Remember first that many advocates of NAFTA made at the outset some wildly optimistic claims about what NAFTA was going to achieve. The most extravagant of the studies, and the one that probably was the most widely circulated, was one produced at the Peterson Institute for International Economics (then just the Institute for International Economics). This study argued that NAFTA would be a net job creator for the U.S., thanks to a projected improvement in the U.S. balance of trade.(...)
This argument was always a red herring: trade agreements are not supposed to create net employment; they simply reshuffle employment. NAFTA neither subtracted, nor added substantial number of jobs to the U.S. economy. At best, it made the U.S. economy more efficient by reallocating workers to jobs that are more productive.
And certainly this happened. But the overall efficiency gains are quite small, much smaller than what the trade volume effects would lead you to believe. A recently published academic study by Lorenzo Caliendo and Fernando Parro uses all the bells-and-whistles of modern trade theory to produce the estimate that these overall gains amount to a “welfare” gain of 0.08% for the U.S. That is, eight-hundredth of 1 percent! (...)
A gain, no matter how small, is still a gain. What about the distributional impacts?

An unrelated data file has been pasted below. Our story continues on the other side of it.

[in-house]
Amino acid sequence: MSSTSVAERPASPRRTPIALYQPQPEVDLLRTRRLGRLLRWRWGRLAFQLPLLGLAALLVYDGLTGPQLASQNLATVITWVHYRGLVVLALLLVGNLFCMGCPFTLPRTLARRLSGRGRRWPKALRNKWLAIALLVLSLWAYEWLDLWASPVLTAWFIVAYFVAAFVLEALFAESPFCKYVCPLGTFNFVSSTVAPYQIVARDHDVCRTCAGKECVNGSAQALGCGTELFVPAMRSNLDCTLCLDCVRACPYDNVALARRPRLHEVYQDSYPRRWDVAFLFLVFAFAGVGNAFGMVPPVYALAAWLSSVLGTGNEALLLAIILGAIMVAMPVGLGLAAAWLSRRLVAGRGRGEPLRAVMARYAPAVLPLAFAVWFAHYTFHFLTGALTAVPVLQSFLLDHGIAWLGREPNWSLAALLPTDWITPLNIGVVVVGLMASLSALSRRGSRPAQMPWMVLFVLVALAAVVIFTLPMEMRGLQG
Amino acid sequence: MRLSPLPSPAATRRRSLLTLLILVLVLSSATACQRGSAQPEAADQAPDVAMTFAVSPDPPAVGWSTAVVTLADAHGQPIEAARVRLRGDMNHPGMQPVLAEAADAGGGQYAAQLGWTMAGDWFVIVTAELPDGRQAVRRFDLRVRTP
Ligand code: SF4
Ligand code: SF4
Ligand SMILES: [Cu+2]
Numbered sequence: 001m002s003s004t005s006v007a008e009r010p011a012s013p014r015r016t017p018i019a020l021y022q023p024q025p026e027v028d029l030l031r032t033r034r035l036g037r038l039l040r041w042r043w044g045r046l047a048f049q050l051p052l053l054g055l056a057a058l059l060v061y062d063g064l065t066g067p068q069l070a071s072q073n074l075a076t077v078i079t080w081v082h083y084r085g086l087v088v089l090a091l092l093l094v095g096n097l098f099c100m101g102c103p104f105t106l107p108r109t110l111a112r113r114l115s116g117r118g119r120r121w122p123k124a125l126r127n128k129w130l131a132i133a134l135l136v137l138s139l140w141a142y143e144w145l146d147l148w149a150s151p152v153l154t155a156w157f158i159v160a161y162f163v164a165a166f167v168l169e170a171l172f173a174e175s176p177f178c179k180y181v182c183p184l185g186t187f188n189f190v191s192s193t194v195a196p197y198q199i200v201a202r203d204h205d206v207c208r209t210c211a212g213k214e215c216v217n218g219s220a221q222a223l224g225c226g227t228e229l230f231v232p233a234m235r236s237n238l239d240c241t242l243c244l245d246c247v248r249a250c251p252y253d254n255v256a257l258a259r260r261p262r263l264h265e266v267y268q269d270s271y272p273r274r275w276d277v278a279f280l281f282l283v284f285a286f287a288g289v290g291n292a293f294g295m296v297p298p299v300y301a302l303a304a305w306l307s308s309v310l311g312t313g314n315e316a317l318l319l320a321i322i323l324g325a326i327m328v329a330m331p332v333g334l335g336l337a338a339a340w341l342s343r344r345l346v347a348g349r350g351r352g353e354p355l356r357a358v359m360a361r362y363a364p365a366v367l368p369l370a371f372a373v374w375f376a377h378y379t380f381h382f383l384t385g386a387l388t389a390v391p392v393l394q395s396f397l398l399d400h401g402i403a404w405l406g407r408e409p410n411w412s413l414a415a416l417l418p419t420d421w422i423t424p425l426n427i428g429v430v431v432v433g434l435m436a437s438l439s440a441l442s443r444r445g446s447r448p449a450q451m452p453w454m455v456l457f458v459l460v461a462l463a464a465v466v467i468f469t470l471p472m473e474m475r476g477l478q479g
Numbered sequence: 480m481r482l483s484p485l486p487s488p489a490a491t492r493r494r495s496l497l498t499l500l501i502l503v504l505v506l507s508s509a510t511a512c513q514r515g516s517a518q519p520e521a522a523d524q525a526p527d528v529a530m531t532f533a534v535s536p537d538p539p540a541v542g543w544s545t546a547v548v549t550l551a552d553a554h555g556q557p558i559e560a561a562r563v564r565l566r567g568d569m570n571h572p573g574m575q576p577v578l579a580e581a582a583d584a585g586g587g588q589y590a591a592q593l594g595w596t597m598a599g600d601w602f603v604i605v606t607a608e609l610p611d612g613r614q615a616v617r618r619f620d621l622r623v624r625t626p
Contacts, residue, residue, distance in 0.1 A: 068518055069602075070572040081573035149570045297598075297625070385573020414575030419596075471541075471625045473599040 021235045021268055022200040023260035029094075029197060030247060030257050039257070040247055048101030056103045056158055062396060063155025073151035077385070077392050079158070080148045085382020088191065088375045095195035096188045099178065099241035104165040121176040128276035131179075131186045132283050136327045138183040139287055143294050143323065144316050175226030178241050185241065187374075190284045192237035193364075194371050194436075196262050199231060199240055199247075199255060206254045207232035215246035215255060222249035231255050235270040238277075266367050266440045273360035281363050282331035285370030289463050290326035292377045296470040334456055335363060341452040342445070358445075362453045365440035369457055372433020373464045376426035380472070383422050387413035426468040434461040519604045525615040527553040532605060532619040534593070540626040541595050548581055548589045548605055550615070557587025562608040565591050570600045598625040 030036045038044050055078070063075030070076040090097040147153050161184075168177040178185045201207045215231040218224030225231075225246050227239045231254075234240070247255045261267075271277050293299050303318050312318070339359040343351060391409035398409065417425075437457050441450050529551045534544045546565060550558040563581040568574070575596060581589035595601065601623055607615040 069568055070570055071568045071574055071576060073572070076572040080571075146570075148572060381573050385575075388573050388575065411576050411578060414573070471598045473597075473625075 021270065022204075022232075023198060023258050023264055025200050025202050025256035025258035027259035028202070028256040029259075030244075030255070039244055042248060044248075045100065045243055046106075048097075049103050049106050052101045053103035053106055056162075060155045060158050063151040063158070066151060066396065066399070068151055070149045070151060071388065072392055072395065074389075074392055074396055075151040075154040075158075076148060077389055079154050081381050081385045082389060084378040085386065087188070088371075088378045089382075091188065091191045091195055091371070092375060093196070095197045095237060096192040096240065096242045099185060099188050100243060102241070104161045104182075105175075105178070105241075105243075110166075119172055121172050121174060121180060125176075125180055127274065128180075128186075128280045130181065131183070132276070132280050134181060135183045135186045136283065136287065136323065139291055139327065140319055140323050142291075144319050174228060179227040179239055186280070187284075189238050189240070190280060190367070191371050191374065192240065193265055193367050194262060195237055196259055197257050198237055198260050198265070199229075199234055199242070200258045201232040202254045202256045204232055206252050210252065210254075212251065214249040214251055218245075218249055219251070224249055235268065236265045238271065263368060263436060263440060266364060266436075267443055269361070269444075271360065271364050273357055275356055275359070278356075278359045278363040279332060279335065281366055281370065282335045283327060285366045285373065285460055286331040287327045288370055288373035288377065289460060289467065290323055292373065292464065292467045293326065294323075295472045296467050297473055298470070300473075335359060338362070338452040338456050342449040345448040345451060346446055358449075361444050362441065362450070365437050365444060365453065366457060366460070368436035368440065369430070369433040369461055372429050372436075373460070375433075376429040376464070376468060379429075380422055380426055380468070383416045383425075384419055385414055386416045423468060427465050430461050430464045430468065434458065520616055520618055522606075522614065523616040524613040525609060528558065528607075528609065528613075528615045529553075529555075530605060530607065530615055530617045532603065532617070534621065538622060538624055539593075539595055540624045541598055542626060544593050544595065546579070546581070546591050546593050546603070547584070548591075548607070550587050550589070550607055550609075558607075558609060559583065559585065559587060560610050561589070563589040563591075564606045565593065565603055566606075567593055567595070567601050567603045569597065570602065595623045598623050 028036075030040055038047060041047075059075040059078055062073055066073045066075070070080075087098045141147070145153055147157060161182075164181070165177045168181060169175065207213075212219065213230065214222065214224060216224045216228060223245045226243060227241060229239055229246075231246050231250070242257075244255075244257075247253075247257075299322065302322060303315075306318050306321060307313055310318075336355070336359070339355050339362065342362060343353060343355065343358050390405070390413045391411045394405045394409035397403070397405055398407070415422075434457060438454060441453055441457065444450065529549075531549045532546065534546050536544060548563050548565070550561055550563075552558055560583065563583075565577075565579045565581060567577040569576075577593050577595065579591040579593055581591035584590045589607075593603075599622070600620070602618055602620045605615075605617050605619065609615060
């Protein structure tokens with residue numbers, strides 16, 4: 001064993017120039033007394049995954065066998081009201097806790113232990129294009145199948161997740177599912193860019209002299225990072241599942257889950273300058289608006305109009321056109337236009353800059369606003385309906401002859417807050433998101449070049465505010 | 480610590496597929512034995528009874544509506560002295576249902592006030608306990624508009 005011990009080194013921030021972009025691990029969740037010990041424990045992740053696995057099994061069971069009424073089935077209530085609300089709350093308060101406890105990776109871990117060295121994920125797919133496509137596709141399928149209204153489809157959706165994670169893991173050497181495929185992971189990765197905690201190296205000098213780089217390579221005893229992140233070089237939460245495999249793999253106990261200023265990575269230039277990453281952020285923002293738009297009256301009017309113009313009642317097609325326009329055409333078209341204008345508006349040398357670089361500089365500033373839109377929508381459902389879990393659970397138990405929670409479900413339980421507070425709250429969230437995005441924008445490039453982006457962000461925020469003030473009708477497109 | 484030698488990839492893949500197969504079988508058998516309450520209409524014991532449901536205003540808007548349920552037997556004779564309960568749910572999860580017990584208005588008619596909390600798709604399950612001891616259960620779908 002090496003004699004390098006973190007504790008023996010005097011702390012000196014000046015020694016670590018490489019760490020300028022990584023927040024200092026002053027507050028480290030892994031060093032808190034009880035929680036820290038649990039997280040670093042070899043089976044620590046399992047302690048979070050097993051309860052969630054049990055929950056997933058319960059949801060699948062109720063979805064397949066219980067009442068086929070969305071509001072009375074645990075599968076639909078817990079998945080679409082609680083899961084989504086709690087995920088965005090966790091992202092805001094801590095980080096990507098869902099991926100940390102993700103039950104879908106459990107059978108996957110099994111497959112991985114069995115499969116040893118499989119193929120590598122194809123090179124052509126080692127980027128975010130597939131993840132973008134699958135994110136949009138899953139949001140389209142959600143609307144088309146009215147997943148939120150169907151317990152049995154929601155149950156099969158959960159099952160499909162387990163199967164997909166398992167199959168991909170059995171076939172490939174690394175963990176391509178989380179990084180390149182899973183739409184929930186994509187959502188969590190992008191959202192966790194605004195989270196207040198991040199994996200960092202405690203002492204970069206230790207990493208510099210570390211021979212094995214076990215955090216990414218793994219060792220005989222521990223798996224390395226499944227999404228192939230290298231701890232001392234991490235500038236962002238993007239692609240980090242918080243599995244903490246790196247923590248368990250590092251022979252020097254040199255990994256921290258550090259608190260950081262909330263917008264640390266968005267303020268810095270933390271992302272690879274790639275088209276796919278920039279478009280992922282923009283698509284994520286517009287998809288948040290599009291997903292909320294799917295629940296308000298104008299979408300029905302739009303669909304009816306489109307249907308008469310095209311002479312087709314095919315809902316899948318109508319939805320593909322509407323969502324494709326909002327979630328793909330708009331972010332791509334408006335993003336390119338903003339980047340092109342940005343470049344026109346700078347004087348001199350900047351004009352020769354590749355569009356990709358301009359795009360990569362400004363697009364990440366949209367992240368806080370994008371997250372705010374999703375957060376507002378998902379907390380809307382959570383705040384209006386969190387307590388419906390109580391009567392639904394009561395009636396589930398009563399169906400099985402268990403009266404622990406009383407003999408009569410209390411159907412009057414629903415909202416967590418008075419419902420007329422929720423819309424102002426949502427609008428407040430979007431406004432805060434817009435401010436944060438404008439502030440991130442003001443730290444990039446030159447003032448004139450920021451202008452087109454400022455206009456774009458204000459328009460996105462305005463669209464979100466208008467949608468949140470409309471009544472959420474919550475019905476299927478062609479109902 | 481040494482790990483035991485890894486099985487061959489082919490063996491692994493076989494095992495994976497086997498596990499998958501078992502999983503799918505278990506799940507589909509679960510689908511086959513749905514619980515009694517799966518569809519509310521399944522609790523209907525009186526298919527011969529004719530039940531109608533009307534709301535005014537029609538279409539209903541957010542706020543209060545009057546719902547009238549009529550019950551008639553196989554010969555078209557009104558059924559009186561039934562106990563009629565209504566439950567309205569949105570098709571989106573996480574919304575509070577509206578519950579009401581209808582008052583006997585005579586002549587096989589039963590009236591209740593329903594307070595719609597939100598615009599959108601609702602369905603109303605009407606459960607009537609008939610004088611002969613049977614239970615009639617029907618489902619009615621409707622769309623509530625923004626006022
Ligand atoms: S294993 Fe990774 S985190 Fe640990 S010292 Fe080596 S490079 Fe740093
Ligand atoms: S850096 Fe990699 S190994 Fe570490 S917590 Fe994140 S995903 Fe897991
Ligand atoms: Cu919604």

The most detailed empirical analysis of the labor-market effects of NAFTA is contained in a paper by John McLaren and Shushanik Hakobyan. They find that the aggregate effects were rather small (in line with other work), but that impacts on directly affected communities were quite severe. (...)
In other words, those high school dropouts who worked in industries protected by tariffs prior to NAFTA experienced reductions in wage growth by as much as 17 percentage points relative to wage growth in unaffected industries. I don’t think anyone can argue that a 17 percentage drop is small. As McLaren and Hakobyan emphasize, these losses were then propagated throughout the localities in which these workers lived.
So here is the overall picture that these academic studies paint for the U.S.: NAFTA produced large changes in trade volumes, tiny efficiency gains overall, and some very significant impacts on adversely affected communities.(...)
So is Trump deluded on NAFTA’s overall impact on manufacturing jobs? Absolutely, yes.
Was he able to capitalize on the very real losses that this and other trade agreements produced in certain parts of the country in a way that Democrats were unable to? Again, yes.
Friday, January 27, 2017
Publicada por Miguel Madeira em 09:42